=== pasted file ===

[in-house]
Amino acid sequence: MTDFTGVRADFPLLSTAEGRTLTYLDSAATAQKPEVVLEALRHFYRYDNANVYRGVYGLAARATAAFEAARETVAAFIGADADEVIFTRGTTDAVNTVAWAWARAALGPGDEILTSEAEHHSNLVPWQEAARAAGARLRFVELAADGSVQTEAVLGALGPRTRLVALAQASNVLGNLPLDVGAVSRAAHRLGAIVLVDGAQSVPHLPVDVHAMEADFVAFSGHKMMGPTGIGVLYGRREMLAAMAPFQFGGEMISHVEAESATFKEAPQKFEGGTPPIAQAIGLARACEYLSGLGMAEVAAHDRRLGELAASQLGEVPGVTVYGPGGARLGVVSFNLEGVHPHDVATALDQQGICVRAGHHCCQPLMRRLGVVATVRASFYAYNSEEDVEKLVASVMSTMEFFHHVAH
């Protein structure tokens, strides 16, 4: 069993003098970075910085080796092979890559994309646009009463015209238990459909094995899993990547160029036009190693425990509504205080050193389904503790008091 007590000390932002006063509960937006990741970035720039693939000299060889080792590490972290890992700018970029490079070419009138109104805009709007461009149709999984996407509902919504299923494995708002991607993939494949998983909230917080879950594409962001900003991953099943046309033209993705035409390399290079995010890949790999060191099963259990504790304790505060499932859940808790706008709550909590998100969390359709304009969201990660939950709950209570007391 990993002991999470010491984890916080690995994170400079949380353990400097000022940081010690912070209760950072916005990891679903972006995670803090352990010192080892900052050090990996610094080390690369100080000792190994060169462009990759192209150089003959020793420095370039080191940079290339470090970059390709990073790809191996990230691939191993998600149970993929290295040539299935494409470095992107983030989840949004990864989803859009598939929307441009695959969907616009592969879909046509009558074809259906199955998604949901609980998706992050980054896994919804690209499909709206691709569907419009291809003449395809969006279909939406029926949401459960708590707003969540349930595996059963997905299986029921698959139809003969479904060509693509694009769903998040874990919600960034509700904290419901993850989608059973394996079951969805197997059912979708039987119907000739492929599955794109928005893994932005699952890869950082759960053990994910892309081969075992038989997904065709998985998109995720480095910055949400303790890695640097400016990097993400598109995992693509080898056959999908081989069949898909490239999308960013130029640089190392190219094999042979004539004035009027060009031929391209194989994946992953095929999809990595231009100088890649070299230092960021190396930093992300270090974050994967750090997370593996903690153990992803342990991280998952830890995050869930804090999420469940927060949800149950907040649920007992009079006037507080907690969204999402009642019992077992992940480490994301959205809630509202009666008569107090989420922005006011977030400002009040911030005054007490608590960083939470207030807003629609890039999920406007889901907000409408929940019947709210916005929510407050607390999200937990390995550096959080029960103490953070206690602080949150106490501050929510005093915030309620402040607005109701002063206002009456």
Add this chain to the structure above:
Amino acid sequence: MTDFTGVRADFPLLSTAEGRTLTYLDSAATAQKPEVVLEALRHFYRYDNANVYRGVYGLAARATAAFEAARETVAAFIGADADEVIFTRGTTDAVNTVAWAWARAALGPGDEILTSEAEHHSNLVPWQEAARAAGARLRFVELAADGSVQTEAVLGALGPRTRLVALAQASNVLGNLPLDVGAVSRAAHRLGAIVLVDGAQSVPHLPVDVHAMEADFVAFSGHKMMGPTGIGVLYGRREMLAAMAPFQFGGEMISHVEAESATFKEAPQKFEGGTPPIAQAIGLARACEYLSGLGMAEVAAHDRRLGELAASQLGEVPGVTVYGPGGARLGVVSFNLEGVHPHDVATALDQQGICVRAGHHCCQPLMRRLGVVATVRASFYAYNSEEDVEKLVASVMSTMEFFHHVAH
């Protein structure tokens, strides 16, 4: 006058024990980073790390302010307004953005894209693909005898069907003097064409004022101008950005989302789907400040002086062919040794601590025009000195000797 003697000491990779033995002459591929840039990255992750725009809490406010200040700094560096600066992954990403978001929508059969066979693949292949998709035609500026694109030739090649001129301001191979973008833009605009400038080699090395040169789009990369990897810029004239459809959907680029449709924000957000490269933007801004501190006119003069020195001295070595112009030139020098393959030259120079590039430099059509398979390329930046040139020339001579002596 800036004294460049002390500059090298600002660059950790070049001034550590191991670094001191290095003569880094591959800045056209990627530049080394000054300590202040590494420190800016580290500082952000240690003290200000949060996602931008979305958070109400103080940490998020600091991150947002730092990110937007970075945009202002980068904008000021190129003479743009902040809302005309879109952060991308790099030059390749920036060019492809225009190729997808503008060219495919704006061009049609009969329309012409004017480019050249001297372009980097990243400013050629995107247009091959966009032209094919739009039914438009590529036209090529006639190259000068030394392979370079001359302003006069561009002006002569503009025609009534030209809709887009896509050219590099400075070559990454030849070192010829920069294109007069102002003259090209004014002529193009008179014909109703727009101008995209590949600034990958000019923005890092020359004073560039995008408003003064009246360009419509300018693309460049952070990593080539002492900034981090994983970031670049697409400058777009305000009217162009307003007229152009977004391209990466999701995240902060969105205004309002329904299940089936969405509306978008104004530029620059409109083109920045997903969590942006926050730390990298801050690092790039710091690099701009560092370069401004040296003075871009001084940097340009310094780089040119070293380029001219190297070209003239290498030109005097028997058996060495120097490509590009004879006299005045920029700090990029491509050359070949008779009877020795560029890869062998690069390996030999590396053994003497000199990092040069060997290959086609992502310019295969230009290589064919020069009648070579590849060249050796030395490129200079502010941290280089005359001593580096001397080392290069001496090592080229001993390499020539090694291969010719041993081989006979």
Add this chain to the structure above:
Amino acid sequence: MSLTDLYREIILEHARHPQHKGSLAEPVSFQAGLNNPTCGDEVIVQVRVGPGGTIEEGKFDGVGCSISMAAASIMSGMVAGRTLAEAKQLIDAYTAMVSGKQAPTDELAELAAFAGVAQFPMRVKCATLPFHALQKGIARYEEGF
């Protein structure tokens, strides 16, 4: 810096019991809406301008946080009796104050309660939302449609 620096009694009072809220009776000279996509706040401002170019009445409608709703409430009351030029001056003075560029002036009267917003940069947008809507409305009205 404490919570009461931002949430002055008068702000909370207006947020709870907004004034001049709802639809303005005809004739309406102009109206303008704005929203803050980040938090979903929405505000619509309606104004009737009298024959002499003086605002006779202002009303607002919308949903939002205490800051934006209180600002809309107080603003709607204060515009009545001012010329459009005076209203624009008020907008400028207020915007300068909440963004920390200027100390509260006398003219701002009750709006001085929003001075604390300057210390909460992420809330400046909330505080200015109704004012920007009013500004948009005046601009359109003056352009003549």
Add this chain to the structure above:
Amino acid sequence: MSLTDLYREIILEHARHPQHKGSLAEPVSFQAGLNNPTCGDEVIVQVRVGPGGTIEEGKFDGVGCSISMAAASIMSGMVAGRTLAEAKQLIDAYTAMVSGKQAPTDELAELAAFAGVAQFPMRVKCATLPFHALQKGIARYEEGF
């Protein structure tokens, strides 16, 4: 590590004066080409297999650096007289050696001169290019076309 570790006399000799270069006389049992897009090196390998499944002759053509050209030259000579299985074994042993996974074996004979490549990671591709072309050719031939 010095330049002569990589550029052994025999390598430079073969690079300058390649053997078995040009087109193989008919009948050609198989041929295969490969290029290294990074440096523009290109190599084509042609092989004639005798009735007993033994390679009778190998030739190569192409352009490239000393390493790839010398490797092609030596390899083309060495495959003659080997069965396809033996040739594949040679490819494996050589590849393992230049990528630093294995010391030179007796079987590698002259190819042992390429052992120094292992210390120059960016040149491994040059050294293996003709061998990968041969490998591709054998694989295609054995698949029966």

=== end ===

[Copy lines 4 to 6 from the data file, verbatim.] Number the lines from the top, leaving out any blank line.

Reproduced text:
Add this chain to the structure above:
Amino acid sequence: MTDFTGVRADFPLLSTAEGRTLTYLDSAATAQKPEVVLEALRHFYRYDNANVYRGVYGLAARATAAFEAARETVAAFIGADADEVIFTRGTTDAVNTVAWAWARAALGPGDEILTSEAEHHSNLVPWQEAARAAGARLRFVELAADGSVQTEAVLGALGPRTRLVALAQASNVLGNLPLDVGAVSRAAHRLGAIVLVDGAQSVPHLPVDVHAMEADFVAFSGHKMMGPTGIGVLYGRREMLAAMAPFQFGGEMISHVEAESATFKEAPQKFEGGTPPIAQAIGLARACEYLSGLGMAEVAAHDRRLGELAASQLGEVPGVTVYGPGGARLGVVSFNLEGVHPHDVATALDQQGICVRAGHHCCQPLMRRLGVVATVRASFYAYNSEEDVEKLVASVMSTMEFFHHVAH
């Protein structure tokens, strides 16, 4: 006058024990980073790390302010307004953005894209693909005898069907003097064409004022101008950005989302789907400040002086062919040794601590025009000195000797 003697000491990779033995002459591929840039990255992750725009809490406010200040700094560096600066992954990403978001929508059969066979693949292949998709035609500026694109030739090649001129301001191979973008833009605009400038080699090395040169789009990369990897810029004239459809959907680029449709924000957000490269933007801004501190006119003069020195001295070595112009030139020098393959030259120079590039430099059509398979390329930046040139020339001579002596 800036004294460049002390500059090298600002660059950790070049001034550590191991670094001191290095003569880094591959800045056209990627530049080394000054300590202040590494420190800016580290500082952000240690003290200000949060996602931008979305958070109400103080940490998020600091991150947002730092990110937007970075945009202002980068904008000021190129003479743009902040809302005309879109952060991308790099030059390749920036060019492809225009190729997808503008060219495919704006061009049609009969329309012409004017480019050249001297372009980097990243400013050629995107247009091959966009032209094919739009039914438009590529036209090529006639190259000068030394392979370079001359302003006069561009002006002569503009025609009534030209809709887009896509050219590099400075070559990454030849070192010829920069294109007069102002003259090209004014002529193009008179014909109703727009101008995209590949600034990958000019923005890092020359004073560039995008408003003064009246360009419509300018693309460049952070990593080539002492900034981090994983970031670049697409400058777009305000009217162009307003007229152009977004391209990466999701995240902060969105205004309002329904299940089936969405509306978008104004530029620059409109083109920045997903969590942006926050730390990298801050690092790039710091690099701009560092370069401004040296003075871009001084940097340009310094780089040119070293380029001219190297070209003239290498030109005097028997058996060495120097490509590009004879006299005045920029700090990029491509050359070949008779009877020795560029890869062998690069390996030999590396053994003497000199990092040069060997290959086609992502310019295969230009290589064919020069009648070579590849060249050796030395490129200079502010941290280089005359001593580096001397080392290069001496090592080229001993390499020539090694291969010719041993081989006979």